Eating too many cookies in place of lunch. Watching TV instead of working out in the evening. Texting while driving on your way to work. Bad habits? You betcha!
Rising at 6 a.m. for a five-mile run. Sending out follow-up emails after meetings. Politely remembering the birthdays of your employees. Good habits? Absolutely!
As we all know, it’s much easier to make a habit than to break one. And that’s a good thing, because habits can help us function more efficiently. Instead of having to use conscious thought every time we perform recurring tasks, our brains file away the specific sequences of actions necessary to reach the desired results and set them in motion when necessary. And by using these specific sets of actions over and over, our brains can run partially on automatic pilot while dedicating conscious attention to other actions or thoughts. For example, as soon as your alarm sounds in the morning, you’re rehearsing a presentation you’re giving at work. But in the meantime, you’ve reached over and turned off the alarm clock without thinking about it! Or you get home from work and immediately call your friend to discuss your promotion... but you got out of your car and locked it, walked to the front door, unlocked and opened it without consciously thinking about those actions.
Whether they’re good or bad, we’ve all developed habits without even realizing it. But did you know that you can teach yourself how to form good habits—ones that help you become healthier and more productive and a better colleague?
Habits good and bad are formed when an activity yields a result we perceive as rewarding. The memory of the reward and the desire to repeat the feeling motivate us to repeat that activity until it becomes automatic. And that’s not a problem … unless we want to change that habit. When we consciously try to change, our brain interprets that endeavor as threatening and will do pretty much anything to keep up the automatic actions in order to be rewarded.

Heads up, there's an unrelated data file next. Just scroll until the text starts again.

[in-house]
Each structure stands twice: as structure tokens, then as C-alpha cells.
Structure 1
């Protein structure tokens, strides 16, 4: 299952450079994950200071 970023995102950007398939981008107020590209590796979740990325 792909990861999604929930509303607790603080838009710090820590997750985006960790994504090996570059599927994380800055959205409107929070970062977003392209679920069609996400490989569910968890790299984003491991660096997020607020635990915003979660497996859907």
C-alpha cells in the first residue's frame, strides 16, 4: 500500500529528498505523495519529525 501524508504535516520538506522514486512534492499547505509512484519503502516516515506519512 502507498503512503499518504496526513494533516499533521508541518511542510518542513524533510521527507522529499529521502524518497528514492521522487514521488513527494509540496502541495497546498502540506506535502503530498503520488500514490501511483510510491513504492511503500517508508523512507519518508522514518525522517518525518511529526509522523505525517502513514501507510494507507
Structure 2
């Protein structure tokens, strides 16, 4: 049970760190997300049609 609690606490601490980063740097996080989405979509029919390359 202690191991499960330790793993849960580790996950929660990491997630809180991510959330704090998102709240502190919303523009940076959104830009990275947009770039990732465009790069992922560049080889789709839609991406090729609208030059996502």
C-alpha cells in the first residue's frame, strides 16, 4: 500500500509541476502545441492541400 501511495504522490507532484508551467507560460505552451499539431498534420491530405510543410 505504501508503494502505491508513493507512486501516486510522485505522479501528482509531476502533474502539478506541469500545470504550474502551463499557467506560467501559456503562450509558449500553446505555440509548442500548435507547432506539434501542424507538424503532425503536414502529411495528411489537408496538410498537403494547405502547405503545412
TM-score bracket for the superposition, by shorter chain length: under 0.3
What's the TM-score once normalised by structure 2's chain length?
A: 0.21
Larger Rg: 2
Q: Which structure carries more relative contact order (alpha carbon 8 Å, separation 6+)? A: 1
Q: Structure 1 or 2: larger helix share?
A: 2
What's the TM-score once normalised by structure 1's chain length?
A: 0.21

But here’s the good news: You don’t have to break old habits to form new ones. In fact, according to Psychology Today, instead of trying to break unwanted habits, you should focus on creating new patterns of behavior and thinking to “muscle out” the bad habits.
Forming New Habits
To create new, desired habits, all you have to do is consciously associate a trigger with performing actions that bring you a feeling of reward. Then repeat the trigger-action sequence a number of times until your brain starts to expect the good feeling associated with it.
So let’s take a closer look at habits that can help you become more successful.
Exercise not only keeps you fit but also makes you more relaxed and clears your mind. Calmness and clarity are both helpful attributes at work. So if you want to start exercising more, set your alarm (the trigger) an hour earlier than usual and make yourself get up. Exercise for half an hour or so (the action), and your body will release endorphins that make you feel good (the reward). The next few days, you’ll still need the alarm and a conscious decision to get up and start moving. But after about a week or so of performing this morning ritual (repetition), your body will start to expect to feel good in the morning when you hear the alarm and rising early to work out will become habitual.
Or maybe you want to keep track of your accomplishments at work so you can measure your career progress. At the end of every week, set an alarm in your scheduler. No matter how tired you are and how much you want to go home, take a few minutes to list your achievements of the week. By reviewing them, you’ll start to feel good about your work and look forward to your private end-of-week review. Soon, you could even be working harder to feel even better about your progress.
You can apply this method to teach yourself as many good, success-building habits as you like. Here are just a few suggestions:
- Spend an hour after dinner each day reading about new developments in your field.
- When a challenging assignment comes along at work, volunteer for it.
- Expand your network by sending personalized messages to people on LinkedIn.
- Map your day ahead of time and make sure you get everything on the list done.
- Demonstrate genuine interest in your colleagues’ lives.
Training your brain for success might be one of the most important career skills you ever learn. Decide which actions would benefit you and your career, and create processes you can repeat. Before long, working for success won’t be a conscious thought anymore; it’ll be a habit!
Source: http://www.businessinsider.com/heres-exactly-how-to-form-a-habit-that-sticks-2014-4; http://www.psychologytoday.com/blog/wired-success/201003/why-old-habits-die-hard-what-managers-need-know; www.psychologytoday.com/basics/habit-formation